A record breaking low pressure system, now centred over the Aleutian Archipelago in Western Alaska, is transporting the coldest airmass on the planet from Siberia and over the Pacific Ocean. This system triggered record low temperatures in many locations across northern Japan during the last week of 2020, with Horokanai bottoming out at a bone-chilling -32.6°C and many nearby regions seeing temperatures around -30°C.
This system also brought enormous amounts of snow to Japan that has many winter sport fans around the world impressed.
Canada is no stranger to heavy snow, usually coming in the form of lake-effect, sea-effect or alpine snow. Japan, however, can put Canada to shame in this category. When all the ingredients come together, Japan can produce some of the highest snowfall rates on Earth.
In fact, Sukayu Onsen, located in the city of Aomori, is the snowiest inhabited place on Earth and has an average yearly snowfall of 17.6 m.
The outside of Sukayu Onsen in late December 2012. Credit: Nogiuchi via Wikimedia Commons
This part of the world sees such significant amounts of snowfall because Siberian air rushes over the Sea of Japan and abruptly runs into the Japanese Alps, which contain 22 peaks over 3,000 m. The combination of the mountainous geography and atmospheric conditions recently resulted in over 200 cm of snow accumulating in Minakami during a 72 hour period, with seasonal totals surpassing 3,000 cm.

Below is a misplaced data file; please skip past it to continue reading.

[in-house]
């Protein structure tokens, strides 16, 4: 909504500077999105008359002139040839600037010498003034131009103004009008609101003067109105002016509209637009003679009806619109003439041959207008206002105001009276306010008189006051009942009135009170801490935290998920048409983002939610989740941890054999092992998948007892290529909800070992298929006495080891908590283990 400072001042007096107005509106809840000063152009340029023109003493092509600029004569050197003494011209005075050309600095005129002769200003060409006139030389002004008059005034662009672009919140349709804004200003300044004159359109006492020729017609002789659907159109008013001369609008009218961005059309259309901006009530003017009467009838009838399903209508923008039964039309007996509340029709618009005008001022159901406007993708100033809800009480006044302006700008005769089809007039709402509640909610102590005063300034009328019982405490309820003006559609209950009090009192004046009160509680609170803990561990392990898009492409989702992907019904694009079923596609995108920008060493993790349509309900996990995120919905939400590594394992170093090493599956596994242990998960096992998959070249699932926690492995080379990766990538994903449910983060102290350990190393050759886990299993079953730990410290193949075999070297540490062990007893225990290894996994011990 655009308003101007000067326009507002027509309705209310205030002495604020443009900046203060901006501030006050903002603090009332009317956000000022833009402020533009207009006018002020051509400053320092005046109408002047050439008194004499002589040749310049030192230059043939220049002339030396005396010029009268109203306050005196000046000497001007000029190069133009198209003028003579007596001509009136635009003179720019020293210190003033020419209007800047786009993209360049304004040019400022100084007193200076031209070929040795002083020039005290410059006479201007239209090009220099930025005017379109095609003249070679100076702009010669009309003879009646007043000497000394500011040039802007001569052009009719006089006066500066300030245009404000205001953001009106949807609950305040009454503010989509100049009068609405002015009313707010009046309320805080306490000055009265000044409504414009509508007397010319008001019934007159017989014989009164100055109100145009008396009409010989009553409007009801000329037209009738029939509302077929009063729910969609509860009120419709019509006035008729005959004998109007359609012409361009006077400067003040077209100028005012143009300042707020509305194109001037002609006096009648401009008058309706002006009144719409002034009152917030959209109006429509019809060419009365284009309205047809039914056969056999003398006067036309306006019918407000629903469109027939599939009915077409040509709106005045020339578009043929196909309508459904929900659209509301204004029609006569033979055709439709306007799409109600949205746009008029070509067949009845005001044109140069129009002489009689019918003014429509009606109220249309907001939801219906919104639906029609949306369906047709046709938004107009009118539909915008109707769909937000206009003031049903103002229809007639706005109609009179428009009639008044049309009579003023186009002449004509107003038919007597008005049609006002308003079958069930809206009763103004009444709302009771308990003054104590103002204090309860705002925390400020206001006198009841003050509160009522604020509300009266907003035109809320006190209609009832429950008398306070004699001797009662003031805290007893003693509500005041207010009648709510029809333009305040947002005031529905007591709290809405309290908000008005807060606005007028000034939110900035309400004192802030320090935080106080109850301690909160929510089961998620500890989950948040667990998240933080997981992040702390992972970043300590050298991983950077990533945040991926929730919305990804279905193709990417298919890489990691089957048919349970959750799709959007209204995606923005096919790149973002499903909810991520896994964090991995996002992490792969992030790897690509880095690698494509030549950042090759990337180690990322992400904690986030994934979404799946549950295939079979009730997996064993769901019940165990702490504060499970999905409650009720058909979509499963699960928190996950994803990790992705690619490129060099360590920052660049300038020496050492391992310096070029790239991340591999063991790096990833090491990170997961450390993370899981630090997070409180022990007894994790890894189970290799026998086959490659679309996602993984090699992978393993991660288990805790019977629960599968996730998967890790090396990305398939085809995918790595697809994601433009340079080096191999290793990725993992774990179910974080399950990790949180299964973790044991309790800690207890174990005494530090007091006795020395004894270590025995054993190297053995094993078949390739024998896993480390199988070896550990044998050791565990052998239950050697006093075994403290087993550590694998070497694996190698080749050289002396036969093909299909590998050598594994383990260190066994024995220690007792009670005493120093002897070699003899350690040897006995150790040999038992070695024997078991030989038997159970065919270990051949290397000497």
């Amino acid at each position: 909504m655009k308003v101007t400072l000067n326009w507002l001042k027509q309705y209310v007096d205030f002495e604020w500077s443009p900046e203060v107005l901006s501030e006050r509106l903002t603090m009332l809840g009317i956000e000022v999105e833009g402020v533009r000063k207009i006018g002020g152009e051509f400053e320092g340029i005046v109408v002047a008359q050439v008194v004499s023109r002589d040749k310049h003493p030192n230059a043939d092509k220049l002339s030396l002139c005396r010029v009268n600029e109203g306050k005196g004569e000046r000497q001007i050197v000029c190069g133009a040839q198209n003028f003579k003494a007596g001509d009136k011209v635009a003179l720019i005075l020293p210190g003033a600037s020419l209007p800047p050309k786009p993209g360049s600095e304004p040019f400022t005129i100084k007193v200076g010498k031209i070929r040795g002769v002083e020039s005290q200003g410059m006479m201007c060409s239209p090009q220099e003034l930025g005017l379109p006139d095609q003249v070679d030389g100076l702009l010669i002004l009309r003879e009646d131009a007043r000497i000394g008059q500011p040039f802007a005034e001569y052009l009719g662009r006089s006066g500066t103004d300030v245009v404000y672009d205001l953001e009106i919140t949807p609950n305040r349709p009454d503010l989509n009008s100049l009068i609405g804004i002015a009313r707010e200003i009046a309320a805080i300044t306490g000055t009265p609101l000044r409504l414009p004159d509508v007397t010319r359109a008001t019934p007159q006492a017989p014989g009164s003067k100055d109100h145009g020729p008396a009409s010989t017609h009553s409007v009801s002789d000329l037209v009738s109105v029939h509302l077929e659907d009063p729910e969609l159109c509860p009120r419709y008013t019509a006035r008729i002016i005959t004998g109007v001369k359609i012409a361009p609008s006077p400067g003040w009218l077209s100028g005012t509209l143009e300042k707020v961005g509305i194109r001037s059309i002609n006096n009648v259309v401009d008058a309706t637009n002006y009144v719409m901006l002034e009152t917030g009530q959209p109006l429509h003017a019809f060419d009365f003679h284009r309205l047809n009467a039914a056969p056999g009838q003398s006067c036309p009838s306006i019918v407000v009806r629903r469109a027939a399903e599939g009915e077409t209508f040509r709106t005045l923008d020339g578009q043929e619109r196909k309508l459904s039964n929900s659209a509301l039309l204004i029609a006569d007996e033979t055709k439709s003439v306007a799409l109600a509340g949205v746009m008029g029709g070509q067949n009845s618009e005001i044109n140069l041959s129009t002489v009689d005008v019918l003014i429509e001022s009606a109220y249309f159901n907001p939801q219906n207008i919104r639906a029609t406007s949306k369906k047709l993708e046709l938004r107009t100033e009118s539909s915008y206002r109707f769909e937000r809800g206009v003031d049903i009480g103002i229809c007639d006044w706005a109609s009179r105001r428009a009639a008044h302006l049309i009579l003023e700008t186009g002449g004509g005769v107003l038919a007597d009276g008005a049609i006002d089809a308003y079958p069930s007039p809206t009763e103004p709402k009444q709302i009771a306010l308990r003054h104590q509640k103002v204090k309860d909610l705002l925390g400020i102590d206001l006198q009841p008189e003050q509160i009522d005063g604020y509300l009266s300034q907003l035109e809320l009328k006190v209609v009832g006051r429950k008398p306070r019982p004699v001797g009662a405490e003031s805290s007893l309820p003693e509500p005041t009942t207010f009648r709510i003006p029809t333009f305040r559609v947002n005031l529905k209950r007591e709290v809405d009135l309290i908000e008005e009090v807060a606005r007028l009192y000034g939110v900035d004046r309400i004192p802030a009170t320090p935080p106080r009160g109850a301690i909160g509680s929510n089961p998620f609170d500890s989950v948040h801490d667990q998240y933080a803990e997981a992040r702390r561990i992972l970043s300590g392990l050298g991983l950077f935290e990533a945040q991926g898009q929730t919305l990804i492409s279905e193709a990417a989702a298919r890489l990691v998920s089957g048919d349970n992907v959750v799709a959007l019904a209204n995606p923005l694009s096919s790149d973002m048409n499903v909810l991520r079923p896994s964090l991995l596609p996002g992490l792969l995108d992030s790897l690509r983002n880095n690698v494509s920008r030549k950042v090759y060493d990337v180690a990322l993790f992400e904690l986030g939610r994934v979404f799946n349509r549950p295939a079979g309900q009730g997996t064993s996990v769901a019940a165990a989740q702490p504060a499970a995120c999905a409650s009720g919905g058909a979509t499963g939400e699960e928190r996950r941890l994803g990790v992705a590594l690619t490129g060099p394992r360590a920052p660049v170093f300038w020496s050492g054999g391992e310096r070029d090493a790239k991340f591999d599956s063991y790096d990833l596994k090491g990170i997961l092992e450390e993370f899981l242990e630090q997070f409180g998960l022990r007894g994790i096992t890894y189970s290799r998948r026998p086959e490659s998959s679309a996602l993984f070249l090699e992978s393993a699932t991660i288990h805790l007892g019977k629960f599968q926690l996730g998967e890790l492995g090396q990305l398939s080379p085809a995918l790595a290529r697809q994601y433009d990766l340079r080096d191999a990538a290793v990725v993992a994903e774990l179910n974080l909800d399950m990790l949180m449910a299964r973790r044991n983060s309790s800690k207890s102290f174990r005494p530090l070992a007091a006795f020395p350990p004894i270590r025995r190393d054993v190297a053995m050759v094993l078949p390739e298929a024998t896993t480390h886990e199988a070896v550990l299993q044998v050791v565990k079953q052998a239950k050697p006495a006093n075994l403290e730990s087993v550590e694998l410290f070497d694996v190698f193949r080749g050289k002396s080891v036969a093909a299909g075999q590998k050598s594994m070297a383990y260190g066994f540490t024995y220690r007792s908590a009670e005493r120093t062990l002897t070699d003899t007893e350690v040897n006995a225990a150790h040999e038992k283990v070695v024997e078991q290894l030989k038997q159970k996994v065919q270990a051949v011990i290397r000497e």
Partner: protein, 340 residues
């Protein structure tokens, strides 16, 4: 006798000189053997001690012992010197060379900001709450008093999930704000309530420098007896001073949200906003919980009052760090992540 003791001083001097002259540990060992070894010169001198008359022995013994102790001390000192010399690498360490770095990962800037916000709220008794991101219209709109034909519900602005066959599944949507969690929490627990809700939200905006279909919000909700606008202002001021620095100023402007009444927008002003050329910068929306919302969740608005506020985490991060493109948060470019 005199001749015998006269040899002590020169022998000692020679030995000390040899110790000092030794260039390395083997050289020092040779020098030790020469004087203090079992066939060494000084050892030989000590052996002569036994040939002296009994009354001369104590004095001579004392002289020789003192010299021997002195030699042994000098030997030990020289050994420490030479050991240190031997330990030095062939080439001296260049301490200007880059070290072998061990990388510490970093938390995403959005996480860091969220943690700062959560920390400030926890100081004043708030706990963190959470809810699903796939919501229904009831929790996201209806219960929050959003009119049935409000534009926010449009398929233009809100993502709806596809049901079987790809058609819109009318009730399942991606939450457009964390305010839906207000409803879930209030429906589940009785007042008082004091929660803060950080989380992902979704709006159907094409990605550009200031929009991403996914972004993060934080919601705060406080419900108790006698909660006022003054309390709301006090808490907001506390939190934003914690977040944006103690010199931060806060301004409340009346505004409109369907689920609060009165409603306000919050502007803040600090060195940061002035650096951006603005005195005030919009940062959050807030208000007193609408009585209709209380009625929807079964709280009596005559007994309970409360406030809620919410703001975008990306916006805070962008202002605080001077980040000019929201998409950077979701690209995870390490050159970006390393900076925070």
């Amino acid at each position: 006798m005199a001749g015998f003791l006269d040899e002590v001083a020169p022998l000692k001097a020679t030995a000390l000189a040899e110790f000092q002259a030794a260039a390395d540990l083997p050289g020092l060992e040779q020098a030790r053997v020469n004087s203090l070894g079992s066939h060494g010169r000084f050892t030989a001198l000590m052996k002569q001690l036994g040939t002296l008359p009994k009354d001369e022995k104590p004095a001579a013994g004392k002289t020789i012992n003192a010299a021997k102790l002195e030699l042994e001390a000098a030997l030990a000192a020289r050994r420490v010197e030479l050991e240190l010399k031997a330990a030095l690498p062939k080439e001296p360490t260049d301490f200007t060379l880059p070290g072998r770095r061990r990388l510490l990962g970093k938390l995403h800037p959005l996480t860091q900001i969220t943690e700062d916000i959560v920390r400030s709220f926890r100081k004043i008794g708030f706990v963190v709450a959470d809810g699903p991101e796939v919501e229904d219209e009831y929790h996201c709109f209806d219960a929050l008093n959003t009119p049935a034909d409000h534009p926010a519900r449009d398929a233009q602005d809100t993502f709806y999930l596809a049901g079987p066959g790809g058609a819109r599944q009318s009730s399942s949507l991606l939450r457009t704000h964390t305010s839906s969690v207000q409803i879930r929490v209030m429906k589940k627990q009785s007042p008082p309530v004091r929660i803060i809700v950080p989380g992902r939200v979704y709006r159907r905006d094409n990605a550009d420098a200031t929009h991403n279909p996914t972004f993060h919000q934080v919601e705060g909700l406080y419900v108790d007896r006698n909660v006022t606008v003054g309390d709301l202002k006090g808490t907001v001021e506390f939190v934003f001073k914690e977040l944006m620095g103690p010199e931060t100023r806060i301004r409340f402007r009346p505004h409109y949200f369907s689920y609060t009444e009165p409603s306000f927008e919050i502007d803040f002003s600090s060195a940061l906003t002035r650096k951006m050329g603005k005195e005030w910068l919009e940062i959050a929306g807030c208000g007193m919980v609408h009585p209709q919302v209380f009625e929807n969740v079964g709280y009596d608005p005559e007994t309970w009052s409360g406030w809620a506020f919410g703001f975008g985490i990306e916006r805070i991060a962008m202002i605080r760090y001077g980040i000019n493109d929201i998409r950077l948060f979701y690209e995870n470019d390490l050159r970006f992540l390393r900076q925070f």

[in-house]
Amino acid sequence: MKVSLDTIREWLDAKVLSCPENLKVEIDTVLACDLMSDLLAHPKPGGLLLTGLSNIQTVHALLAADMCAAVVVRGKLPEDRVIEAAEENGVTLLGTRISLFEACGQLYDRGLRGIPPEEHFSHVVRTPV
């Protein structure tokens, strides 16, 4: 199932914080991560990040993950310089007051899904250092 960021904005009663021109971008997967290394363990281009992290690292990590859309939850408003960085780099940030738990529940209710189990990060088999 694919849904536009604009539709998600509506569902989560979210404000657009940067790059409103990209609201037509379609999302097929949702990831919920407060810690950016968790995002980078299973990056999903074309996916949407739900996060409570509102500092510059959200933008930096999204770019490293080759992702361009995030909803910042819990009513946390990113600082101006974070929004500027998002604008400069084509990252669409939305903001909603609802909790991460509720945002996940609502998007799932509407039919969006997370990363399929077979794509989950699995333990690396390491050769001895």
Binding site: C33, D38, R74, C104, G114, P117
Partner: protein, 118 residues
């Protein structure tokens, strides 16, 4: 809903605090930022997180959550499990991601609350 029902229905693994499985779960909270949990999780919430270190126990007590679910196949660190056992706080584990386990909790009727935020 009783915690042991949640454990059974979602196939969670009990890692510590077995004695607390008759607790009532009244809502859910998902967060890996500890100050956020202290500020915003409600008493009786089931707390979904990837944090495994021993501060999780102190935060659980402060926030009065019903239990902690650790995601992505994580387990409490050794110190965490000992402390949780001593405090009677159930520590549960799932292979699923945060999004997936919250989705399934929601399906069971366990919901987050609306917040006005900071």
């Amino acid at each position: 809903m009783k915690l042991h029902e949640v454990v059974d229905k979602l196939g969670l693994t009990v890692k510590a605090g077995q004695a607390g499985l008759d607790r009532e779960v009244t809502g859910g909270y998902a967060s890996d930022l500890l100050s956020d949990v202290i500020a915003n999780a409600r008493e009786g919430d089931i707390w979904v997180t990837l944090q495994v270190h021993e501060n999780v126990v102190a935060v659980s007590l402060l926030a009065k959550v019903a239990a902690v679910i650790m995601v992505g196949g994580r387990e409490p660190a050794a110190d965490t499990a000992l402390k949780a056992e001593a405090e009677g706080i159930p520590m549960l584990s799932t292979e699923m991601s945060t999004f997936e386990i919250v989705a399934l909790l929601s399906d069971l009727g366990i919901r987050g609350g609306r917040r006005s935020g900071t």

Although 2021 isn't expected to start off by breaking those records, parts of northern and central Japan could receive 300-400 cm of snow through the first week of 2021.
Many ski resorts in Japan are considered to be some of the best destinations on the planet because of the snow’s quality and staggering accumulations. For example, Hakuba hosted the 1998 Nagano Winter Olympics and has an annual snowfall rate of 10-11 m. Due to the alpine location, Habuka’s snow season ranges from November to May since temperatures range from -7°C to -2°C near sea level and -7°C to -14°C at the highest elevations.
Hakuba Happo'one Resort. Credit: Ski Mania via Wikimedia Commons
The system that was responsible for the heavy snow and bitter cold in Japan will deteriorate over the coming days, but a new low pressure system will form in the Sea of Japan midweek and will look to replace the current low as the king of the Bering Sea. Coupled with the usual strong ridge over Western Siberia, this active pattern shows no sign of stopping through mid-January.